Welcome To Feminism, Matt McGorry, Now Please, Take A Seat

Matt McGorry is a feminist, you guys. He cried when Emma Watson made that speech at the U.N. It gave him “all the feels.” And now that his eyes have been open to the inequality between men and women, he’s here to tell you how he feels about it, in a cloying and uncomfortable-to-read essay on Cosmopolitan.com. It’s called “How Becoming A Feminist Felt Like Falling In Love” and boy howdy, it’s a real doozy.

McGorry, if you’re unfamiliar, plays Bennett on “Orange Is The New Black.” He’s the one that knocked up Dayanara, remember? He was the “good” one, until he bailed on his fatherhood responsibilities. McGorry also come to the light and discovered feminism — about “seven months ago” LOL — and is approaching it with all of the wide-eyed enthusiasm and earnestness that a 19-year old rising sophomore treats Roland Barthes. And, much like that college student who desperately wants to explain semiotics to you to show how much they know, McGorry wants you to know that he’s a proud, card-carrying feminist ally.

Look how feminist his Instagram is!

#thiscomplicated #learning #CallMeCaitlyn #ispent2hourscomposingthisandnowimhungry

A photo posted by Matt McGorry (@mattmcgorry) on


A photo posted by Matt McGorry (@mattmcgorry) on

Much like looking for someone to spend the rest of your life with, McGorry knew he had found the feminist within when he saw Emma Watson delivered her address to the U.N.. He writes in his Cosmo piece:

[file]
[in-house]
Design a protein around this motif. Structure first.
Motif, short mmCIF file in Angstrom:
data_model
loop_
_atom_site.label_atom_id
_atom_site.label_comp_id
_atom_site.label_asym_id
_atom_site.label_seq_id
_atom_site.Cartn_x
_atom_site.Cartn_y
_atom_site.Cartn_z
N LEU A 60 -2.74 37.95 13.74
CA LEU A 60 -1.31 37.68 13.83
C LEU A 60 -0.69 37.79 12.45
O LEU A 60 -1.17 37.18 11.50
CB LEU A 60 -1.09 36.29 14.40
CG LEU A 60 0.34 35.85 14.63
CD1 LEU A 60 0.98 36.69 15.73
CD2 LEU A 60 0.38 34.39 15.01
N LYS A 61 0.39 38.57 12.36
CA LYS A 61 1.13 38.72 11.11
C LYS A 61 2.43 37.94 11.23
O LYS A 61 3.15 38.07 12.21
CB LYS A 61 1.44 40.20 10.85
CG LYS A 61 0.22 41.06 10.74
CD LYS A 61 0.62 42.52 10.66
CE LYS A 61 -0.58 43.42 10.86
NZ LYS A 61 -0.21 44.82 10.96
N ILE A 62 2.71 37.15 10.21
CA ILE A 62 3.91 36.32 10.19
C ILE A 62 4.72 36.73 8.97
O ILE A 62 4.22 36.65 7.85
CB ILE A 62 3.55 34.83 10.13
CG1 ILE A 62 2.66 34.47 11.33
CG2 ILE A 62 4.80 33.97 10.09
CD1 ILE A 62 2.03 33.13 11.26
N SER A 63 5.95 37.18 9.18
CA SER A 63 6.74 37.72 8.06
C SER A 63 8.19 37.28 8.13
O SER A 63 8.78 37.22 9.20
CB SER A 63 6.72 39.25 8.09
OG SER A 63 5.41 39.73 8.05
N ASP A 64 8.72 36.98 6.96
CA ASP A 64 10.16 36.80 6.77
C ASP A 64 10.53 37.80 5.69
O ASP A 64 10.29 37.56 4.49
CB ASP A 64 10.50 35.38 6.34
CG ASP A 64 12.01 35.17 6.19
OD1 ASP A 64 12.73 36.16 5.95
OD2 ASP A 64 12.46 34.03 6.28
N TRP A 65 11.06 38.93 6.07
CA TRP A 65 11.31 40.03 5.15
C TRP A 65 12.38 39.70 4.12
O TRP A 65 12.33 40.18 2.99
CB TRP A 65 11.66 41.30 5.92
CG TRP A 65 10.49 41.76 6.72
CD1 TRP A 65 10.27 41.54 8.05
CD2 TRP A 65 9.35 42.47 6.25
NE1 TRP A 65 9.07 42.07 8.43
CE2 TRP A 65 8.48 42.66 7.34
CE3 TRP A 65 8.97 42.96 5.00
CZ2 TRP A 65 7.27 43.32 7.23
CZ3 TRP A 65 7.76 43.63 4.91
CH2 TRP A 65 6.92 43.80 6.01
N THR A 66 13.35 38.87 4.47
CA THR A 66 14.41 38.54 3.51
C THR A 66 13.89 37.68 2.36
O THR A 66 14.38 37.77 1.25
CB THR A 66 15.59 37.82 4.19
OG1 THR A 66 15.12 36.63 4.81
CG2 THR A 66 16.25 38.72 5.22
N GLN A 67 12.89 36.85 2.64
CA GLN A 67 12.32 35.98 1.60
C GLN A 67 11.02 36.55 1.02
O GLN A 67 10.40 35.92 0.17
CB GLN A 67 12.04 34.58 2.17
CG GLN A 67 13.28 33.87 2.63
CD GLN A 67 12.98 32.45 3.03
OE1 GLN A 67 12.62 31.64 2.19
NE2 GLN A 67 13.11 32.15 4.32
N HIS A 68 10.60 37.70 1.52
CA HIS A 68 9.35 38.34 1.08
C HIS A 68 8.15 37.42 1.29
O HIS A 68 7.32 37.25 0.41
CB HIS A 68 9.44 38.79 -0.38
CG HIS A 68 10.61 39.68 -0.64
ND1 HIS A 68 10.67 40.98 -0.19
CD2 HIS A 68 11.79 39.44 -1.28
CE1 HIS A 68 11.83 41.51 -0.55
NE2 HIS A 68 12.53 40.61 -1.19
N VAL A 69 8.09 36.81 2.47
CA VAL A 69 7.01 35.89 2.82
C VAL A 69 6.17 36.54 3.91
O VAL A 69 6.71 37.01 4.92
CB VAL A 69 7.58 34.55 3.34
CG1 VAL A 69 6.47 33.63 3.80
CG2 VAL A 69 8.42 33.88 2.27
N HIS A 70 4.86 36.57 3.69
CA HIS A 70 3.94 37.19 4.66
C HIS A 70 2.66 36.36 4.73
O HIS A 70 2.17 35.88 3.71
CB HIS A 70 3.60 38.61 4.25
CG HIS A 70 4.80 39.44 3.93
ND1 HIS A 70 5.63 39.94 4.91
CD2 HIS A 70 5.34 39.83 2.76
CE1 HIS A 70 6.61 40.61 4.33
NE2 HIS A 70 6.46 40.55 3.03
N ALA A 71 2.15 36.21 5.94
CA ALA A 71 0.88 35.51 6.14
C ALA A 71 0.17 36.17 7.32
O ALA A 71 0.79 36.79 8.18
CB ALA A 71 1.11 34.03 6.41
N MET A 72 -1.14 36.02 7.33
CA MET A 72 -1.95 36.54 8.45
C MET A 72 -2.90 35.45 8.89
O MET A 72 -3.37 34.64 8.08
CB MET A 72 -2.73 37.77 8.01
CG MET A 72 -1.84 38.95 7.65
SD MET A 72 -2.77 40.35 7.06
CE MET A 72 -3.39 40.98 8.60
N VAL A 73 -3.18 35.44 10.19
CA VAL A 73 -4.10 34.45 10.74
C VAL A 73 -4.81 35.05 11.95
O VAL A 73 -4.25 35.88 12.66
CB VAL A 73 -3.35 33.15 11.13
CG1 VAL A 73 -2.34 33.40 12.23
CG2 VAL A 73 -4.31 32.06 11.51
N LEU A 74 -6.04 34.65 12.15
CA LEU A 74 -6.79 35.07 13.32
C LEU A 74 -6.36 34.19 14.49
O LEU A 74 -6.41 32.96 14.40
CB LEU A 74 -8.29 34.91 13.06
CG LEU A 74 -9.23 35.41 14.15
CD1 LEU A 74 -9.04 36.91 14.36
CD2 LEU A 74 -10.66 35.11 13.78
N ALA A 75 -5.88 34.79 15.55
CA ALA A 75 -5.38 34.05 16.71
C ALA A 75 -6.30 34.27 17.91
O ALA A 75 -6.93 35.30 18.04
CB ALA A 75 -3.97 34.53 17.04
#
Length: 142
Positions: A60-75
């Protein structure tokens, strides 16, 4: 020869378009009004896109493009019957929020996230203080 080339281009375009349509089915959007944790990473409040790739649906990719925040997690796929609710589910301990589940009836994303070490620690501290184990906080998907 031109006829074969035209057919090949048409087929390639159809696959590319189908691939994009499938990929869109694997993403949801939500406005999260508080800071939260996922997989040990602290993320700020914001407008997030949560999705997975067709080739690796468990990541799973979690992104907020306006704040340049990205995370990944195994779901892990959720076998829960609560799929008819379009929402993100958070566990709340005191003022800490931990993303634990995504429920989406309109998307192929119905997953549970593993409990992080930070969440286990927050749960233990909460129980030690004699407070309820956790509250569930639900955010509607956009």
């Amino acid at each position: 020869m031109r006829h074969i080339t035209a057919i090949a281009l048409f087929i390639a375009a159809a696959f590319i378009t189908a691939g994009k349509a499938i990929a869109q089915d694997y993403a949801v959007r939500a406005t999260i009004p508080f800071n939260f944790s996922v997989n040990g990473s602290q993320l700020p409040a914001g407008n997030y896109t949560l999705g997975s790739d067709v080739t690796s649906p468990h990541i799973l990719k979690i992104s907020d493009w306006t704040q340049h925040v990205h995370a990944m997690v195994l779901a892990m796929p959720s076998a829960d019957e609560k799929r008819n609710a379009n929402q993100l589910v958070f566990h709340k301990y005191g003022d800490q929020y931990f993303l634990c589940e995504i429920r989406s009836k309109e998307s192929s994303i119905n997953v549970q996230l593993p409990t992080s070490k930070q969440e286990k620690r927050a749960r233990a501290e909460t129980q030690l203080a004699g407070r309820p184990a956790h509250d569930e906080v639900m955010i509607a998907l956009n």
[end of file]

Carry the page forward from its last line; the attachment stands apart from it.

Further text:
Much like finding someone to love, you can’t really know what to look for in a social cause until it crosses your path. You can use all the words that you want to describe what you’re looking for, but at the end of the day, when you find the right one at the right point in your life, you’ll know. But you have to be open to the possibility in the first place. And now that I’ve had my own awakening of sorts, it’s turned out to be a more incredible path than I could have imagined.

Is this what it’s like if you don’t have any injustice in your life to begin with? Do you eventually wake up one day and realize that your life has been a cakewalk, but something’s telling you that you need to find a cause to support? Let’s be clear — any support is welcome. The more the merrier, some say, and I agree most of the time. But I have to say the idea of someone “searching” for a social cause to hang their hat on feels disingenuous. You don’t get a prize for waking up one morning and figuring out that, hey, the wage gap really sucks. That’s not how this works.

We’re not in the position of judging anyone’s feminism. But there’s something about McGorry’s approach that hints at a desperate yearning for approval, a flailing jazz-hands-and-tap-dance plea to be noticed for coming around to the fact that men and women should be equal.

When a person becomes radicalized in any way, the process itself can feel very righteous and pure for you, but can also be insufferable for others to be around. The knowledge you’re gaining is exciting, it’s new, it’s flooding your synapses and changing the way you’re seeing the world, and you want to share it, dammit! That fluttering feeling in the pit of your stomach when a conversation just happens to touch upon the subject you’ve recently become passionate about compels you to open your mouth to contribute. But a reminder to McGorry and male feminist allies like him: the best thing you can do, always, is listen.

There’s no doubt in my mind that McGorry really thought about and means every single word he wrote. The earnestness with which he shares his feminist revelation is palpable. It rises from the page like steam. But there’s also an eagerness to please, and with it, an expectant desire for praise. Give it to him if you want — his intentions, I think, are pure — but don’t feel obligated. Even the best allies don’t get a prize for discovering social justice.